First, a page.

Researchers from the University of Erlangen-Nuremberg, Germany, have been experimenting with a chemical compound first patented by Air Products, a hydrogen production company, back in 2004. Known as N-ethylcarbazole, the chemical dates back to World War I where it was used in chemical weapons. Instead of focusing on its potential applications in weaponry, German scientists are trying to use the chemical for hydrogen storage. The research is in line with Germany’s continued pursuance of hydrogen energy as a potential replacement to fossil-fuels and nuclear power.
Researchers claim that the chemical is very proficient at carrying hydrogen molecules. When used in fuel cells, the chemical acts as a contained storage mechanism, capable of capturing and releasing hydrogen gas at high speeds. The gas is released from carbazole when it is heated by the catalyst found within fuel cells. Researchers believe this that method will make hydrogen fuel cells more efficient and could solve some of the problems concerning hydrogen storage.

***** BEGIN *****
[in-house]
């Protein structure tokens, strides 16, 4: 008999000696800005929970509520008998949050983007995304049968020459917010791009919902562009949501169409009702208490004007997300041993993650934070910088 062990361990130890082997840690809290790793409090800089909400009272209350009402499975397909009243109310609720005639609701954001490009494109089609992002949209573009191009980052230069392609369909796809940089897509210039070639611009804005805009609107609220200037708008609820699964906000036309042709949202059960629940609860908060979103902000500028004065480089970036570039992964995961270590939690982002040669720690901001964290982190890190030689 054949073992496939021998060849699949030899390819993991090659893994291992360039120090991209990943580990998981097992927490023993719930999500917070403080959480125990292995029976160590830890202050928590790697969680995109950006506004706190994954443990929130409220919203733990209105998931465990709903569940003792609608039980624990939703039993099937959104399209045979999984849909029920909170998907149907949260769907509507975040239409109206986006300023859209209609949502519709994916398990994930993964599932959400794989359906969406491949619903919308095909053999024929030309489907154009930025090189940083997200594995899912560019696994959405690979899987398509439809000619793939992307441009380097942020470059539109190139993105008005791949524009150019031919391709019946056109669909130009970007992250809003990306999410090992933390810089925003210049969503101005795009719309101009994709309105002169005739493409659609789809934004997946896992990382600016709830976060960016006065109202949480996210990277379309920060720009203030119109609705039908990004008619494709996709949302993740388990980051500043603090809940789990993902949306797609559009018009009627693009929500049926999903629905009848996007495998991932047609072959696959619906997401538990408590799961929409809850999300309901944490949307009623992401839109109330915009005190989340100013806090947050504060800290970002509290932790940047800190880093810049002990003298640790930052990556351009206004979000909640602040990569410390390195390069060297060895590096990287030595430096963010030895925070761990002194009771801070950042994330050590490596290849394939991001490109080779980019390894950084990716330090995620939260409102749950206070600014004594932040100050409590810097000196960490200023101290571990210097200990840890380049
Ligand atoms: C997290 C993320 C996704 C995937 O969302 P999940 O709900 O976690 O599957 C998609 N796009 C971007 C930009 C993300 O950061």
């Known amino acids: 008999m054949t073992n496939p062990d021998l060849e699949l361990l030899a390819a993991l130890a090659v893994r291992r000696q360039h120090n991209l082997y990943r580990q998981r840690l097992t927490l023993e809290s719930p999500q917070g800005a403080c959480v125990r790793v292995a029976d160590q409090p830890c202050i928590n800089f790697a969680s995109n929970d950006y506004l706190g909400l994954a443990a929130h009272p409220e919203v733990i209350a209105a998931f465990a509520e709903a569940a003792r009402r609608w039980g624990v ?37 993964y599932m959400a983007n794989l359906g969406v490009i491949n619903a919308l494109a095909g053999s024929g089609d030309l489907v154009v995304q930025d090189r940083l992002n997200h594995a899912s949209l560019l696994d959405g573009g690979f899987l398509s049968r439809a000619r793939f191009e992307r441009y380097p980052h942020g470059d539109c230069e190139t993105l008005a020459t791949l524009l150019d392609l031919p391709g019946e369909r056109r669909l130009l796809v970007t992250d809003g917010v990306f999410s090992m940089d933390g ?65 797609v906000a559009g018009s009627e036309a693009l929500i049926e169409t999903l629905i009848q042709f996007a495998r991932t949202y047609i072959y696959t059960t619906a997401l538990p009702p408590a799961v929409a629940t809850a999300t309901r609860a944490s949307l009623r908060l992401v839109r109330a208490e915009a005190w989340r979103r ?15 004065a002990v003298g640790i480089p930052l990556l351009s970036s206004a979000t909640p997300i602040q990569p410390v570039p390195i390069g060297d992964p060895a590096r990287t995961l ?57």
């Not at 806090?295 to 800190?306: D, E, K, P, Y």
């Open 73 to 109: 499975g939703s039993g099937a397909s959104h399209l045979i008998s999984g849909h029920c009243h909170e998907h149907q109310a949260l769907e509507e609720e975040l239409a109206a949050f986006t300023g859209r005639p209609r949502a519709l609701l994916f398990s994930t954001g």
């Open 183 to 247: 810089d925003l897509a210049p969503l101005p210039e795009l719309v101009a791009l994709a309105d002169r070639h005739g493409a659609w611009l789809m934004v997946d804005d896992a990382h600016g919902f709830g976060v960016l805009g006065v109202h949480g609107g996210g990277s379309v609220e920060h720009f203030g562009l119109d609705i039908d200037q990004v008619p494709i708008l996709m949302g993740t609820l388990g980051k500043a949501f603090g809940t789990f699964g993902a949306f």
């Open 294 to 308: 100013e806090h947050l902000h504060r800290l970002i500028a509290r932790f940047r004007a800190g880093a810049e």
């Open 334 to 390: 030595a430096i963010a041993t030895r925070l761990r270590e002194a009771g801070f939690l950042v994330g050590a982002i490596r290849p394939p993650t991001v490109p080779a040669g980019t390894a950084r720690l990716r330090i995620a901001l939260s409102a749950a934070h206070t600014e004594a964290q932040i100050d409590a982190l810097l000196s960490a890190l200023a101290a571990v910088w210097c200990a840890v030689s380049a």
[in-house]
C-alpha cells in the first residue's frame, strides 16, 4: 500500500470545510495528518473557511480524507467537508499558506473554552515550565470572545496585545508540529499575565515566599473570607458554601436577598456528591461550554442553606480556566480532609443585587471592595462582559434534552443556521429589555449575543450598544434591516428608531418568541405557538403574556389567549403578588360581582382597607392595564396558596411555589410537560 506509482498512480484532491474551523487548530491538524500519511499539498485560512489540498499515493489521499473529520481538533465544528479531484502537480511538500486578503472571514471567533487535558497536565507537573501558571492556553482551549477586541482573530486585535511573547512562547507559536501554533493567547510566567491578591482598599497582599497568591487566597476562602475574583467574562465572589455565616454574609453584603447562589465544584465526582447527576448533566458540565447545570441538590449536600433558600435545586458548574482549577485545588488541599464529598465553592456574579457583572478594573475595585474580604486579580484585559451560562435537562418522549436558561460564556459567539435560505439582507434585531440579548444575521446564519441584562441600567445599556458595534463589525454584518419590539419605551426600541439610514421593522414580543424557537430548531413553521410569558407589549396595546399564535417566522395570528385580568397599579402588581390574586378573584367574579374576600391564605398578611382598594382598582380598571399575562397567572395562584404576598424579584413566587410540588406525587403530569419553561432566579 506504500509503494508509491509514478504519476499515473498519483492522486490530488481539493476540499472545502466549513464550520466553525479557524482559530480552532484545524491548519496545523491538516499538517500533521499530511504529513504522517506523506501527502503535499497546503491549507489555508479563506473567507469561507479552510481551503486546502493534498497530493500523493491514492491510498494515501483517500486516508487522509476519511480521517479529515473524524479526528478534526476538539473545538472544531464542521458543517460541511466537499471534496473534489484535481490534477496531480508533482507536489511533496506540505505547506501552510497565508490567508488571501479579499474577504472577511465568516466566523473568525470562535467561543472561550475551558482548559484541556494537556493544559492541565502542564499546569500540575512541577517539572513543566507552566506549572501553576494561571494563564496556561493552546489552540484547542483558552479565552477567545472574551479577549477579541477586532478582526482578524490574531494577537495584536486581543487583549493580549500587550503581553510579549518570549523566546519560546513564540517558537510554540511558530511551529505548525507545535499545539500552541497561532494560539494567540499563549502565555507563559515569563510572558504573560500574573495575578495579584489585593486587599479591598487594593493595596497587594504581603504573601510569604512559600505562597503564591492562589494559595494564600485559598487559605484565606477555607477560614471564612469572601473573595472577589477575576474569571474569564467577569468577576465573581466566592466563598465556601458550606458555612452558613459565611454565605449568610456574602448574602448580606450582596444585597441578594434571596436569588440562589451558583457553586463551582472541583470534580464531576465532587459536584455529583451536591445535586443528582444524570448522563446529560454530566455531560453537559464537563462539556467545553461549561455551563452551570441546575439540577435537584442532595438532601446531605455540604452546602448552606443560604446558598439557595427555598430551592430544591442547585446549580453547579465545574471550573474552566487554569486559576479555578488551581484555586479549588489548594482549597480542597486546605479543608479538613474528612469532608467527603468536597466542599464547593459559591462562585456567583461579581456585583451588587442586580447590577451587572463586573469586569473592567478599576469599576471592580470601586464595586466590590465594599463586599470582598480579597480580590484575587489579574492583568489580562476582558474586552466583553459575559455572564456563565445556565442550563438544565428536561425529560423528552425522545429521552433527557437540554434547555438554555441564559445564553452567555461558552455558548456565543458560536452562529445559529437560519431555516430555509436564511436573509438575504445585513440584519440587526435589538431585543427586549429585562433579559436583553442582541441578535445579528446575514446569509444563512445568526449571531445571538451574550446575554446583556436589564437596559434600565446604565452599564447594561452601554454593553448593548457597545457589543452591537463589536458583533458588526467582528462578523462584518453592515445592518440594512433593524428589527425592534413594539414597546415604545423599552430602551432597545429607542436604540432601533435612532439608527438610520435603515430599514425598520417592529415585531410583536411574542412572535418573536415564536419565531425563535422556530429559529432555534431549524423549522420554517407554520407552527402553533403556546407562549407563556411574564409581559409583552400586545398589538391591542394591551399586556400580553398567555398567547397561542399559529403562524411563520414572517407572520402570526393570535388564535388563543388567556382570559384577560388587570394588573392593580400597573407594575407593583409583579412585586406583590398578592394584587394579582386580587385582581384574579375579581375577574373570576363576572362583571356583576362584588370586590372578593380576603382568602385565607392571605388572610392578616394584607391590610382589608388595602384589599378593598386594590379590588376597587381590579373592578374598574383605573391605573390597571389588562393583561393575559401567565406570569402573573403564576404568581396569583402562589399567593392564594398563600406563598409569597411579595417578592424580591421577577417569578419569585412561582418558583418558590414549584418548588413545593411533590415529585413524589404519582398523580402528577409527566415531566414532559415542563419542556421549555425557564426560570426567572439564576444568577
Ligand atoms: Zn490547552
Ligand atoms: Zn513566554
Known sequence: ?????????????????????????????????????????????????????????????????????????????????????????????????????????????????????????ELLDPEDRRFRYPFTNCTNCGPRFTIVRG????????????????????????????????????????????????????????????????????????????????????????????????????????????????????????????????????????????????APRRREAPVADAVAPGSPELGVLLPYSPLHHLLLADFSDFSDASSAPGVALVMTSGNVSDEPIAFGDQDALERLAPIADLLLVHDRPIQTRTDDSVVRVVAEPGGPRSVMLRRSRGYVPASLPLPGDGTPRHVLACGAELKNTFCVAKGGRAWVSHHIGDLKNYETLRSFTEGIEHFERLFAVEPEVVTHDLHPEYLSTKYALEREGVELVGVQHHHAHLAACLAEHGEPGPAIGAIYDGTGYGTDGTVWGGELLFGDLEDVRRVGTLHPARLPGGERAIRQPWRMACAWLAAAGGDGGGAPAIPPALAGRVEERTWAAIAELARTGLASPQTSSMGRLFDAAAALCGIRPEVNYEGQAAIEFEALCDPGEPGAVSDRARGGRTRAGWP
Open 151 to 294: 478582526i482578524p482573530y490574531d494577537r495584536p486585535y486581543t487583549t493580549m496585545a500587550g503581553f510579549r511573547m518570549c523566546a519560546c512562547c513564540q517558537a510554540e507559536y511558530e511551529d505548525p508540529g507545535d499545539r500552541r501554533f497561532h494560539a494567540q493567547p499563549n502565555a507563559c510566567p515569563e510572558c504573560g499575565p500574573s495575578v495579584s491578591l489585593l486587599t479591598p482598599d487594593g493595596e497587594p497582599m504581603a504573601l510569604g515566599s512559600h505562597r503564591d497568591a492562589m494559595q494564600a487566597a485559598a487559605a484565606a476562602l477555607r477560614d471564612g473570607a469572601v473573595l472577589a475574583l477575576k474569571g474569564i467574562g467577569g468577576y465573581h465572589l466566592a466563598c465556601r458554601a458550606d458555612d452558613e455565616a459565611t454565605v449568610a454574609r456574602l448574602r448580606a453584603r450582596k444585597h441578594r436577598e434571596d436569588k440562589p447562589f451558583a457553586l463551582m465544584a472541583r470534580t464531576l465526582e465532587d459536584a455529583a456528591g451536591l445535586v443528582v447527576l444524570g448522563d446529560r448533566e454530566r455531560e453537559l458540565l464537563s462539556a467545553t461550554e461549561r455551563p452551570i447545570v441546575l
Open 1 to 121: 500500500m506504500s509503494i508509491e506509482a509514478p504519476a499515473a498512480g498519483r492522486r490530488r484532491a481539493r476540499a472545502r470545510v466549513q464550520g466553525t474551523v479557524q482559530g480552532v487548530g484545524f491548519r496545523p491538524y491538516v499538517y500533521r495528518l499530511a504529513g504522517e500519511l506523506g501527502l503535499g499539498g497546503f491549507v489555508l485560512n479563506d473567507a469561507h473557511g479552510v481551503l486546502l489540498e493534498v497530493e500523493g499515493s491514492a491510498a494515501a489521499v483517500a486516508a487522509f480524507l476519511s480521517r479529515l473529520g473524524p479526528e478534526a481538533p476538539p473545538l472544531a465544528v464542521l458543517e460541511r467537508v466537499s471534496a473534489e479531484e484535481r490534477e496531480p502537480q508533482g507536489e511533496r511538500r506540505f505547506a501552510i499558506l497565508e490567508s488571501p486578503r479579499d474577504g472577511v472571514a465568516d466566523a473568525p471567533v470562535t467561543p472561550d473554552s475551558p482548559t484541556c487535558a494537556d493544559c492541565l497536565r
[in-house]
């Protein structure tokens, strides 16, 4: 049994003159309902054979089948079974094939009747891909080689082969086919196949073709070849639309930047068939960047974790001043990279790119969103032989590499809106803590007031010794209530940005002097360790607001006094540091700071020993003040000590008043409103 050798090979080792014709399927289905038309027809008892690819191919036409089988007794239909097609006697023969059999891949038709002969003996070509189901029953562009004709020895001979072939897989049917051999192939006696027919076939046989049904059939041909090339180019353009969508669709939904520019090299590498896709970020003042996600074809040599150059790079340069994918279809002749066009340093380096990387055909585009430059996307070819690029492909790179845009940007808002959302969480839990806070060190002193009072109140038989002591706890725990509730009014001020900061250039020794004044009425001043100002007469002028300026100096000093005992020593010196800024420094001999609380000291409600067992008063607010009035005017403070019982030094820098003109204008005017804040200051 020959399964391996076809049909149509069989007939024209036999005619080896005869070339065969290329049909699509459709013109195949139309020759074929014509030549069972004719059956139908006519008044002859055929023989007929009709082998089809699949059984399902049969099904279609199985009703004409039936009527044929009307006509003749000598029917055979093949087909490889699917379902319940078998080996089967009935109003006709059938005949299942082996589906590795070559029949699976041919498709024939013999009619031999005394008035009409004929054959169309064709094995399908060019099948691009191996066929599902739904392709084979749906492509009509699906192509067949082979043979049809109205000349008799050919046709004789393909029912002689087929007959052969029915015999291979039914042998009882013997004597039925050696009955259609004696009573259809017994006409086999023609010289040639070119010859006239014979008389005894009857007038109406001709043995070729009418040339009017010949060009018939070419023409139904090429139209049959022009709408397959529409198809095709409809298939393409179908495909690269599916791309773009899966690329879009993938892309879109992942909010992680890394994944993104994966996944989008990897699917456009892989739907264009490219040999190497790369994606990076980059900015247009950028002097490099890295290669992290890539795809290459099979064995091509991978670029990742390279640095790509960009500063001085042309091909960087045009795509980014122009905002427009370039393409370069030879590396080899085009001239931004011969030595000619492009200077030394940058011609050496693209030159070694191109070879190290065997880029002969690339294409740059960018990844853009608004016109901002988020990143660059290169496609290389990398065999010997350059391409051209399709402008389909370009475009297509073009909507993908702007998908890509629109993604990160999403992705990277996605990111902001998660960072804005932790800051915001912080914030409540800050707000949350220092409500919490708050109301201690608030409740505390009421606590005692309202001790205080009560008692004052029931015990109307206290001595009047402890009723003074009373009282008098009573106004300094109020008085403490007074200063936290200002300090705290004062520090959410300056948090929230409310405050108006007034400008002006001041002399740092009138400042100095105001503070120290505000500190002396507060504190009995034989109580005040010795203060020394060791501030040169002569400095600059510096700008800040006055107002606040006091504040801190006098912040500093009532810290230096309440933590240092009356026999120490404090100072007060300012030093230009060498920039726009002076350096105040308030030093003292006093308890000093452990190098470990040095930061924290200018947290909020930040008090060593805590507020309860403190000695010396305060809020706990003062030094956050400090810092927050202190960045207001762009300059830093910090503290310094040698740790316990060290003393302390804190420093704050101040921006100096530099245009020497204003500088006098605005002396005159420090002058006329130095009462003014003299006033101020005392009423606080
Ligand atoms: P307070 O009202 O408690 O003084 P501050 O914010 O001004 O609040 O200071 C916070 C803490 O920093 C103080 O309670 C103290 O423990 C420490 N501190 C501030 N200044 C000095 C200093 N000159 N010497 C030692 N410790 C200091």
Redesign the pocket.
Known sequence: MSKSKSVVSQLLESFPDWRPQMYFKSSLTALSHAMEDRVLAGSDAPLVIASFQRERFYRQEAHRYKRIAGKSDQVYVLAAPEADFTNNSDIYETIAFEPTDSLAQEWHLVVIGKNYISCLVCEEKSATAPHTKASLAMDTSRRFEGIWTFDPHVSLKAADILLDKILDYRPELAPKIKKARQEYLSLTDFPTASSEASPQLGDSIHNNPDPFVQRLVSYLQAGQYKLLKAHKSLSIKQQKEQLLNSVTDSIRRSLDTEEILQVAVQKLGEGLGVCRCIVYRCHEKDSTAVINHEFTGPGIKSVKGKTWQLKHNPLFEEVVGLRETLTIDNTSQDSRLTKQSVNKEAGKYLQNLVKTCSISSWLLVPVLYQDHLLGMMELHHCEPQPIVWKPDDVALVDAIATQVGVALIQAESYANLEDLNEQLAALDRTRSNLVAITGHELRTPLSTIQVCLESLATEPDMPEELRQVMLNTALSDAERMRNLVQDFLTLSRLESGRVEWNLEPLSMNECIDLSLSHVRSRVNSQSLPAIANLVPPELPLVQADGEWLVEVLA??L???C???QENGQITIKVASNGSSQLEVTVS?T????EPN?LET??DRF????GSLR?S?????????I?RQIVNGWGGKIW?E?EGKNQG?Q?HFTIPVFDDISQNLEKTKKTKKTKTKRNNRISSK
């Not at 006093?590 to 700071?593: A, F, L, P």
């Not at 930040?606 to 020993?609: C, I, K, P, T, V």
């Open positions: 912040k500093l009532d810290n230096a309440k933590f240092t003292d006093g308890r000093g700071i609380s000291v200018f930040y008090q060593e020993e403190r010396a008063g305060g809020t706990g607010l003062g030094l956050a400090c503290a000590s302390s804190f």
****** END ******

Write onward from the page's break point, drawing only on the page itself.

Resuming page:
There are some problems with the chemical, however, much of which are highlighted by the U.S. Department of Energy. The agency claims that the volatility of the chemical makes it unviable for use in fuel cells. The agency believes that there are more viable alternatives currently available and has been conducting research on new storage methods, some of which are expected to be ready for use by 2015. German researchers are undaunted by the Department of Energy, however, and will continue research on carbazole.